15. Yeah in the first few years that was the case. I am a Jays fan so I only go when the Jays are in town and there are thousands of people from Toronto in for the game. Now while I like Cleveland, I doubt we would get thousands of people from Toronto for something other than sports other than possibly the Rock Hall (Toronto has everything). The thing is you can’t track every dollar. There is no data source that will isolate 4000-5000 people that were in town for a weekend series that wouldn’t otherwise be there and how much they spent.

  16. I think the study leaves out a reason. Usually these situations cite a combination of three reasons:

    1. Sports as an economic driver of urban development (through people buying stuff)
    2. Sports as an enhancer of a city’s prestige (business relocate)
    3. Team competitiveness (“we can’t win here without this”)

    Naturally, the default is always “build a new stadium for a billion” but this leaves out a lot of public policy options. If it really mattered politically, cities could fund the signing of a quarterback or third baseman in order to “get a winner on the field” or just send a check annually. That doesn’t often seem to be proposed, thought it might actually more closely relate to the value the public actually placed on the team. I wonder why.

    Ben–I don’t think you go to many NFL games. I can think of maybe three NFL stadiums where going to a restaurant or bar before the game is a real option–and one of them (tSt. Louis and Atlanta) have been declared not fit for purpose. Most of the time, fans are left with about a mile walk across a parking lot, so they just end up parking and drinking beer or doing the same inside the stadium.

    Maybe you should save your sympathy for the stores that sell six-packs of beer in one of the most beautiful cities in America.

  17. Aqib – There is an issue with your analysis, it forgets to count the negative drag of fans that travel the other way and the money they spend while out of town. There will be Indians fans traveling to Toronto to see games instead of spending that money locally so it’s most likely a wash economically.

  18. On a sample of one, I know the “home team sucking” benefit for the Rams was only a couple games a year. Pittsburg and Chicago fans would pack the place, but even then, they’d arrive Saturday, and leave Sunday after the game, so you’re looking at one night of hotel restaurant revenue. Of course STL doesn’t have the weather of Miami and Tampa.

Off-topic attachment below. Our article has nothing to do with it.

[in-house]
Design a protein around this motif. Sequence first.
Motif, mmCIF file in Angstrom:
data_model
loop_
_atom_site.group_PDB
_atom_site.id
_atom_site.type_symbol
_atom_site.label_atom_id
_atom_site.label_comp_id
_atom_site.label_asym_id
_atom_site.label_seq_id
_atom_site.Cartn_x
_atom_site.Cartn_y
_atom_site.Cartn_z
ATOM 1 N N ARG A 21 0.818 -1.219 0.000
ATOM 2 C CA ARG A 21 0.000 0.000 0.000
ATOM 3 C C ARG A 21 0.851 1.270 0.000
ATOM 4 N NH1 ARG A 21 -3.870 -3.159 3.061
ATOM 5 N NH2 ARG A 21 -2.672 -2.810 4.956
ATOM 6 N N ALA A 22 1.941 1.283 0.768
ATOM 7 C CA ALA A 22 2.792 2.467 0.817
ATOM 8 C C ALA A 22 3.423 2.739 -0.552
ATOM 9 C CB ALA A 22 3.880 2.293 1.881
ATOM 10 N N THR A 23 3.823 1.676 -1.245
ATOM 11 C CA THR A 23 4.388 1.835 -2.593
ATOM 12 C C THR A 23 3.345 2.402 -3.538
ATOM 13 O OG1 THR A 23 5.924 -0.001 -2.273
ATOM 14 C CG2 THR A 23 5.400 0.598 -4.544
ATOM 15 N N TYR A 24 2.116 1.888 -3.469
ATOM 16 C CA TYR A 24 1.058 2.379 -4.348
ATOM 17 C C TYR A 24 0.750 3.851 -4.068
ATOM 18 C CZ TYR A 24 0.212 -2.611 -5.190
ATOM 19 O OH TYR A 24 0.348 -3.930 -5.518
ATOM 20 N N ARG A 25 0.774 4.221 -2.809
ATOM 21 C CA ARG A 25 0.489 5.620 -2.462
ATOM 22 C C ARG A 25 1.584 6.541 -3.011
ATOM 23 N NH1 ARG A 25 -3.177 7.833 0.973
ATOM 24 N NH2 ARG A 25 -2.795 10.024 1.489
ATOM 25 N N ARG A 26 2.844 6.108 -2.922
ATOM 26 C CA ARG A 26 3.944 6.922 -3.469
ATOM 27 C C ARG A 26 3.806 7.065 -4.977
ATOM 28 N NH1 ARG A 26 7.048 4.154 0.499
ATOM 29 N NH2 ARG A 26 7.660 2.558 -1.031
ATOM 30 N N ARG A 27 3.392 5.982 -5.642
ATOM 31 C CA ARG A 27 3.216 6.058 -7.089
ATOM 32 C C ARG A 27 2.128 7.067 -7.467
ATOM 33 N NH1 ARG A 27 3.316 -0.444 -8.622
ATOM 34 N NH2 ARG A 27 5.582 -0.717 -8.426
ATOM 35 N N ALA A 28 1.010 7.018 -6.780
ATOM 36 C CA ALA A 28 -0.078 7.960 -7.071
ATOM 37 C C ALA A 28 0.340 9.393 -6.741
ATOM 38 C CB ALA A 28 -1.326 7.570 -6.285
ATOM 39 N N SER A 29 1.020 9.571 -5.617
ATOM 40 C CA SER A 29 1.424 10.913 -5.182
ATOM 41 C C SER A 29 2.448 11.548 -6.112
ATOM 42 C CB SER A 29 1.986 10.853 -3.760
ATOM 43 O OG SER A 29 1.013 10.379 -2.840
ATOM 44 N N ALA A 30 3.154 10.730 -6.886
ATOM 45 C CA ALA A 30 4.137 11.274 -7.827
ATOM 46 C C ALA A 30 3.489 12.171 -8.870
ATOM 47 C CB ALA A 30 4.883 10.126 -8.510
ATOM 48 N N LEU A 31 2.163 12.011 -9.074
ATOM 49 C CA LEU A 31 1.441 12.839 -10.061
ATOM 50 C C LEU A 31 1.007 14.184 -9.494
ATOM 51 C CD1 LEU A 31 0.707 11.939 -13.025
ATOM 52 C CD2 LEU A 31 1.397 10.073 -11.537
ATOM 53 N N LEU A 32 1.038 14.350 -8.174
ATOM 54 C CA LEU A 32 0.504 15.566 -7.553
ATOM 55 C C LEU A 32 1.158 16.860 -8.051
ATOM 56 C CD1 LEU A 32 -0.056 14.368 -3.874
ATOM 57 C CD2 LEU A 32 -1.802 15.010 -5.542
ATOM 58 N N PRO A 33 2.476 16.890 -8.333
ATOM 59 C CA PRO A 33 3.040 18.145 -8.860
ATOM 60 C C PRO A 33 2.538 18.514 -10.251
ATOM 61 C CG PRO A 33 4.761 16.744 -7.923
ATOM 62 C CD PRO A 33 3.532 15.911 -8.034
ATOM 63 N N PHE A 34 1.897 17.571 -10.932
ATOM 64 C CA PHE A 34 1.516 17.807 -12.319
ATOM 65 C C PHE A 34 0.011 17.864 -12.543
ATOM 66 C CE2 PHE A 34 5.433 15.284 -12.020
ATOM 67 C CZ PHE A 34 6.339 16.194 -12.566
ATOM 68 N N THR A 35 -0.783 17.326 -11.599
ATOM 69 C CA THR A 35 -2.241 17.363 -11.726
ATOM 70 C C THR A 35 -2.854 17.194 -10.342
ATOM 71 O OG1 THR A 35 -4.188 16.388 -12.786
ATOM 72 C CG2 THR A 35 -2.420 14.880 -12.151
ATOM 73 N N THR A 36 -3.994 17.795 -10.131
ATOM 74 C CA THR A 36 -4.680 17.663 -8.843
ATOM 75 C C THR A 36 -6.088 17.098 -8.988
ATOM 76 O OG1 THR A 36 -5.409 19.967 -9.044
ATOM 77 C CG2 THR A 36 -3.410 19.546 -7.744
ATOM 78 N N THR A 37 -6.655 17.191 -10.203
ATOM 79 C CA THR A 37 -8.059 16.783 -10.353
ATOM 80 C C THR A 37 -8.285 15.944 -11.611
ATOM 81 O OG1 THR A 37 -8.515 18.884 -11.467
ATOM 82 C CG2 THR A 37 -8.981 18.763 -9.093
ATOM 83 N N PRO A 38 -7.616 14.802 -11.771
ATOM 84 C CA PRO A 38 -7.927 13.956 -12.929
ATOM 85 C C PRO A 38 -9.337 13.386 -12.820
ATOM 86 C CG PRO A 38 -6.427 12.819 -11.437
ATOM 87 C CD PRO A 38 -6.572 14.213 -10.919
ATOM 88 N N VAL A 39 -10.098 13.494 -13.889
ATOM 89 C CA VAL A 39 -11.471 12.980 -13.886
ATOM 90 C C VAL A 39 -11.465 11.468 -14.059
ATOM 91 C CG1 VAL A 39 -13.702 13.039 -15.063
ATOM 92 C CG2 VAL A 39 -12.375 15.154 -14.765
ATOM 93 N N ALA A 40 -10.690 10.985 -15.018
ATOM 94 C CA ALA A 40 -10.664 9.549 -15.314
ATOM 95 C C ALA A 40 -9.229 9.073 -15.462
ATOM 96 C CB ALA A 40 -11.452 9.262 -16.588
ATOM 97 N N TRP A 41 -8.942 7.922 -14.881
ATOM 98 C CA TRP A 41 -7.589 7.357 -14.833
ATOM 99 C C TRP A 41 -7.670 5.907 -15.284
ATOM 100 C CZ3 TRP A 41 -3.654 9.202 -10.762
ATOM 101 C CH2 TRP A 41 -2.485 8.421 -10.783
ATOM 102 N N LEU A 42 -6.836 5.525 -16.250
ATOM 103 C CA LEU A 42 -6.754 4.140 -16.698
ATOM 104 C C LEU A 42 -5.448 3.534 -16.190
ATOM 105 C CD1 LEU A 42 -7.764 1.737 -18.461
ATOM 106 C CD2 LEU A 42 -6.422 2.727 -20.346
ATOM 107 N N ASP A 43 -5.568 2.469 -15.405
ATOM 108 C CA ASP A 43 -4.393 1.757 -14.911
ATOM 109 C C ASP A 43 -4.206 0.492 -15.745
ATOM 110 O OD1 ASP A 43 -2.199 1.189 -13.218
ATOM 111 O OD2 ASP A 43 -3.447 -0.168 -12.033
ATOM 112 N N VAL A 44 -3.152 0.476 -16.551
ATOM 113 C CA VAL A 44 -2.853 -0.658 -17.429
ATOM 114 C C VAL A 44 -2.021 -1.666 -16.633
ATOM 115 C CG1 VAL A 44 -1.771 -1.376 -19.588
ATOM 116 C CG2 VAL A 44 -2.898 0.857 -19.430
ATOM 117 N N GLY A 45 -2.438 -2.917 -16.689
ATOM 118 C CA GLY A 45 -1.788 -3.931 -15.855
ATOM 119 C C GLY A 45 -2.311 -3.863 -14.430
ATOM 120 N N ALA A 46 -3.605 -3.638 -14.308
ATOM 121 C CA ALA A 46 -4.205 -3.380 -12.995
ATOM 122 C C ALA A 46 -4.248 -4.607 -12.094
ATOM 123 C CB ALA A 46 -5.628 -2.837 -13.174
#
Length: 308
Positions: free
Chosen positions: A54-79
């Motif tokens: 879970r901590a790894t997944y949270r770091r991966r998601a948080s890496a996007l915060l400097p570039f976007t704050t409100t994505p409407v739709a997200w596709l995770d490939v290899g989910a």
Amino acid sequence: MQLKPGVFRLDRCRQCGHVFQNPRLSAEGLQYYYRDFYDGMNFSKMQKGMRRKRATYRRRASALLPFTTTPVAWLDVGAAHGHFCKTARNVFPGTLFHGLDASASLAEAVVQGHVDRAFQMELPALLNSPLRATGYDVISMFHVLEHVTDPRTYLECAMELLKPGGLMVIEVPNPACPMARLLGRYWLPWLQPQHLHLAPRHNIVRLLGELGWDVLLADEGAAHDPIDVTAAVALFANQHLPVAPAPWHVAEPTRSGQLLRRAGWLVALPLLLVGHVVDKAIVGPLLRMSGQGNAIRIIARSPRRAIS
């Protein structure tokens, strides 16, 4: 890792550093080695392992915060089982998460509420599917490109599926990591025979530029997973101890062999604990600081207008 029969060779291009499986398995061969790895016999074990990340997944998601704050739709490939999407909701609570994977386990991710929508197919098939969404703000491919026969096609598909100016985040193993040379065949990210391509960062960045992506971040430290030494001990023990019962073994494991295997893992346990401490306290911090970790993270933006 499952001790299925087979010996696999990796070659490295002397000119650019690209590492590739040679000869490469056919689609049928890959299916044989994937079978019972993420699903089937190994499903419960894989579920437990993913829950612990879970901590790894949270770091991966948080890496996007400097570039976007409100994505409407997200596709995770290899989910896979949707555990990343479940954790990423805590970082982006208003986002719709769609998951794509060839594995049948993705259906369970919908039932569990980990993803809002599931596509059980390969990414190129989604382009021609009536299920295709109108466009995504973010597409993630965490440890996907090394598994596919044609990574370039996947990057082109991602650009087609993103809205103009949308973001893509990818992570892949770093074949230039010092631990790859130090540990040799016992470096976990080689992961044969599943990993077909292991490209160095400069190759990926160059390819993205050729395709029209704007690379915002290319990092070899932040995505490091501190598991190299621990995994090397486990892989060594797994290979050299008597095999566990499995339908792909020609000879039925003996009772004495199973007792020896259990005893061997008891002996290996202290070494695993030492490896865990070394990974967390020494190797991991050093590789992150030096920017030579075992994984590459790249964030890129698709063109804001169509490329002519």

19. aqib: How did you come up with “thousands” of people from Toronto? Did you count license plates, interview fans, or just notice a lot Toronto apparel in the stands? Maybe they were just local blue jay fans like yourself. Yes, there are die hard, driving distance, traveling fans, but their economic impact is probably a rounding error amount.

  20. Off topic, but since Centre College was mentioned. They went to Ireland a couple of years ago, and played (and hammered) some team called the Dublin Rebels. 90-0. I like the motivational speaker in the video. Who is that T.J. Yakes, or something?

  21. Carl: That’s a cut-and-paste from SI. Guess no one there watched the Cactus Bowl.

  22. *T.D. Jakes is what I was trying to say. Probably not the right guy, anyway. Sorry for messing on your comment section, it ain’t important.

  23. Yeah, I saw that and meant to highlight a sports magazine not knowing something so basic, not you.

  24. Again, you’re using the incorrect term. They’re economics professors, not economists. Economists lose their jobs if they’re wrong and their projections mess things up for their employer. Econ profs keep their tenure no matter how often they’re wrong.

    I do love the argument of, “well, it’s only a little bit shitty for San Diego bars and restaurants”. Lots of hospitality establishments (which many bars and restaurants would qualify as) make their entire year on a single event or a handful of events. The sixteen Chargers games are huge for many bars and restaurants, and will end up making a difference in the number of service industry jobs available in the area.